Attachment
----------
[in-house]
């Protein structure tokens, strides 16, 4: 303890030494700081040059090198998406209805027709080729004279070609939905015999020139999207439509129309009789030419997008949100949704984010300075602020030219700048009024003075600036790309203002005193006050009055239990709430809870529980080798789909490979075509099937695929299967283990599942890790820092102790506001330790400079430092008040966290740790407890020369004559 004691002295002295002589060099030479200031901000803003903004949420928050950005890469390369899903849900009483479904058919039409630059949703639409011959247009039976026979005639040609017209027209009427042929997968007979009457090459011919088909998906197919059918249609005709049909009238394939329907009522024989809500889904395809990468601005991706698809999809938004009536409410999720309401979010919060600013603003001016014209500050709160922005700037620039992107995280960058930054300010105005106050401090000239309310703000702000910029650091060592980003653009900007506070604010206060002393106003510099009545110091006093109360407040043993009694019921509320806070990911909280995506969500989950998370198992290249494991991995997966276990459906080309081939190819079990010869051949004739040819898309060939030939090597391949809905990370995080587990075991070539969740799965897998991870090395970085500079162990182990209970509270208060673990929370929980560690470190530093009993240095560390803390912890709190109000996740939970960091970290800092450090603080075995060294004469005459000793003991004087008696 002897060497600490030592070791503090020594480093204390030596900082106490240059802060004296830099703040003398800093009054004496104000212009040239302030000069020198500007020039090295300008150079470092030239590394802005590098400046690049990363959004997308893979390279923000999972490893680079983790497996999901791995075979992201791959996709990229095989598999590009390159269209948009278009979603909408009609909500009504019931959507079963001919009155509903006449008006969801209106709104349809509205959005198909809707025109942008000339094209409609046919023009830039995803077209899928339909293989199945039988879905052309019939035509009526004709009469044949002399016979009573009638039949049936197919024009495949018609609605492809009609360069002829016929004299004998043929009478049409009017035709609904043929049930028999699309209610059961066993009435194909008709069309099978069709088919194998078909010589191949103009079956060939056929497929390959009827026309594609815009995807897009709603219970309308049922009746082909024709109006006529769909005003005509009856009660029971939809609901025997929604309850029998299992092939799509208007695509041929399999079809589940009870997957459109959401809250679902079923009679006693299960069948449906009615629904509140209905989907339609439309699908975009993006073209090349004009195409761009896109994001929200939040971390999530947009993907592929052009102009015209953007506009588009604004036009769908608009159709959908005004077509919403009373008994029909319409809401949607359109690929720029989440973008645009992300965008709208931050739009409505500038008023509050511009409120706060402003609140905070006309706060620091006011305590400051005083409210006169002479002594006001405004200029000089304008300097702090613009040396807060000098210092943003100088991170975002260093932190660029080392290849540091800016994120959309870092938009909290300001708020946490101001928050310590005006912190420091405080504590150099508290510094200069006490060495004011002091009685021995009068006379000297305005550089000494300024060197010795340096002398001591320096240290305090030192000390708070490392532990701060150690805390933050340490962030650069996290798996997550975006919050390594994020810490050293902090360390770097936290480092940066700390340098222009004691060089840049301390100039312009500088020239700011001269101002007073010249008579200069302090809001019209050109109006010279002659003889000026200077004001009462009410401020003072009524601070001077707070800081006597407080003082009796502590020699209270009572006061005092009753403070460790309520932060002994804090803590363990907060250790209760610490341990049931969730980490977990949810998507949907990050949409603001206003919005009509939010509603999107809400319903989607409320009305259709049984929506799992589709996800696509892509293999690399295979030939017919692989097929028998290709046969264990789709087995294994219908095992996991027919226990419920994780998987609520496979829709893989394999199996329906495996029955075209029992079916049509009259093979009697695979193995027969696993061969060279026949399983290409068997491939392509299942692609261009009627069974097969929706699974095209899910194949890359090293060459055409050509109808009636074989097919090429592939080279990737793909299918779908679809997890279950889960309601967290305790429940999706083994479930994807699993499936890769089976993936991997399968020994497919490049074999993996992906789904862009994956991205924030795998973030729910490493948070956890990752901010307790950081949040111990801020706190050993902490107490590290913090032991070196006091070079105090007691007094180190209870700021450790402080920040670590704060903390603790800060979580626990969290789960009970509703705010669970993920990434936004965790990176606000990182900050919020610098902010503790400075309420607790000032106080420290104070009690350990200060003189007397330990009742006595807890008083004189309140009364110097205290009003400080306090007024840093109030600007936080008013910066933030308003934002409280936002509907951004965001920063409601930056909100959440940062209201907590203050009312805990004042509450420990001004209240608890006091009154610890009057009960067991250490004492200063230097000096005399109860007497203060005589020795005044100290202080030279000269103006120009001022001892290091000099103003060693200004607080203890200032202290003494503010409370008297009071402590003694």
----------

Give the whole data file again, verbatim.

[in-house]
């Protein structure tokens, strides 16, 4: 303890030494700081040059090198998406209805027709080729004279070609939905015999020139999207439509129309009789030419997008949100949704984010300075602020030219700048009024003075600036790309203002005193006050009055239990709430809870529980080798789909490979075509099937695929299967283990599942890790820092102790506001330790400079430092008040966290740790407890020369004559 004691002295002295002589060099030479200031901000803003903004949420928050950005890469390369899903849900009483479904058919039409630059949703639409011959247009039976026979005639040609017209027209009427042929997968007979009457090459011919088909998906197919059918249609005709049909009238394939329907009522024989809500889904395809990468601005991706698809999809938004009536409410999720309401979010919060600013603003001016014209500050709160922005700037620039992107995280960058930054300010105005106050401090000239309310703000702000910029650091060592980003653009900007506070604010206060002393106003510099009545110091006093109360407040043993009694019921509320806070990911909280995506969500989950998370198992290249494991991995997966276990459906080309081939190819079990010869051949004739040819898309060939030939090597391949809905990370995080587990075991070539969740799965897998991870090395970085500079162990182990209970509270208060673990929370929980560690470190530093009993240095560390803390912890709190109000996740939970960091970290800092450090603080075995060294004469005459000793003991004087008696 002897060497600490030592070791503090020594480093204390030596900082106490240059802060004296830099703040003398800093009054004496104000212009040239302030000069020198500007020039090295300008150079470092030239590394802005590098400046690049990363959004997308893979390279923000999972490893680079983790497996999901791995075979992201791959996709990229095989598999590009390159269209948009278009979603909408009609909500009504019931959507079963001919009155509903006449008006969801209106709104349809509205959005198909809707025109942008000339094209409609046919023009830039995803077209899928339909293989199945039988879905052309019939035509009526004709009469044949002399016979009573009638039949049936197919024009495949018609609605492809009609360069002829016929004299004998043929009478049409009017035709609904043929049930028999699309209610059961066993009435194909008709069309099978069709088919194998078909010589191949103009079956060939056929497929390959009827026309594609815009995807897009709603219970309308049922009746082909024709109006006529769909005003005509009856009660029971939809609901025997929604309850029998299992092939799509208007695509041929399999079809589940009870997957459109959401809250679902079923009679006693299960069948449906009615629904509140209905989907339609439309699908975009993006073209090349004009195409761009896109994001929200939040971390999530947009993907592929052009102009015209953007506009588009604004036009769908608009159709959908005004077509919403009373008994029909319409809401949607359109690929720029989440973008645009992300965008709208931050739009409505500038008023509050511009409120706060402003609140905070006309706060620091006011305590400051005083409210006169002479002594006001405004200029000089304008300097702090613009040396807060000098210092943003100088991170975002260093932190660029080392290849540091800016994120959309870092938009909290300001708020946490101001928050310590005006912190420091405080504590150099508290510094200069006490060495004011002091009685021995009068006379000297305005550089000494300024060197010795340096002398001591320096240290305090030192000390708070490392532990701060150690805390933050340490962030650069996290798996997550975006919050390594994020810490050293902090360390770097936290480092940066700390340098222009004691060089840049301390100039312009500088020239700011001269101002007073010249008579200069302090809001019209050109109006010279002659003889000026200077004001009462009410401020003072009524601070001077707070800081006597407080003082009796502590020699209270009572006061005092009753403070460790309520932060002994804090803590363990907060250790209760610490341990049931969730980490977990949810998507949907990050949409603001206003919005009509939010509603999107809400319903989607409320009305259709049984929506799992589709996800696509892509293999690399295979030939017919692989097929028998290709046969264990789709087995294994219908095992996991027919226990419920994780998987609520496979829709893989394999199996329906495996029955075209029992079916049509009259093979009697695979193995027969696993061969060279026949399983290409068997491939392509299942692609261009009627069974097969929706699974095209899910194949890359090293060459055409050509109808009636074989097919090429592939080279990737793909299918779908679809997890279950889960309601967290305790429940999706083994479930994807699993499936890769089976993936991997399968020994497919490049074999993996992906789904862009994956991205924030795998973030729910490493948070956890990752901010307790950081949040111990801020706190050993902490107490590290913090032991070196006091070079105090007691007094180190209870700021450790402080920040670590704060903390603790800060979580626990969290789960009970509703705010669970993920990434936004965790990176606000990182900050919020610098902010503790400075309420607790000032106080420290104070009690350990200060003189007397330990009742006595807890008083004189309140009364110097205290009003400080306090007024840093109030600007936080008013910066933030308003934002409280936002509907951004965001920063409601930056909100959440940062209201907590203050009312805990004042509450420990001004209240608890006091009154610890009057009960067991250490004492200063230097000096005399109860007497203060005589020795005044100290202080030279000269103006120009001022001892290091000099103003060693200004607080203890200032202290003494503010409370008297009071402590003694």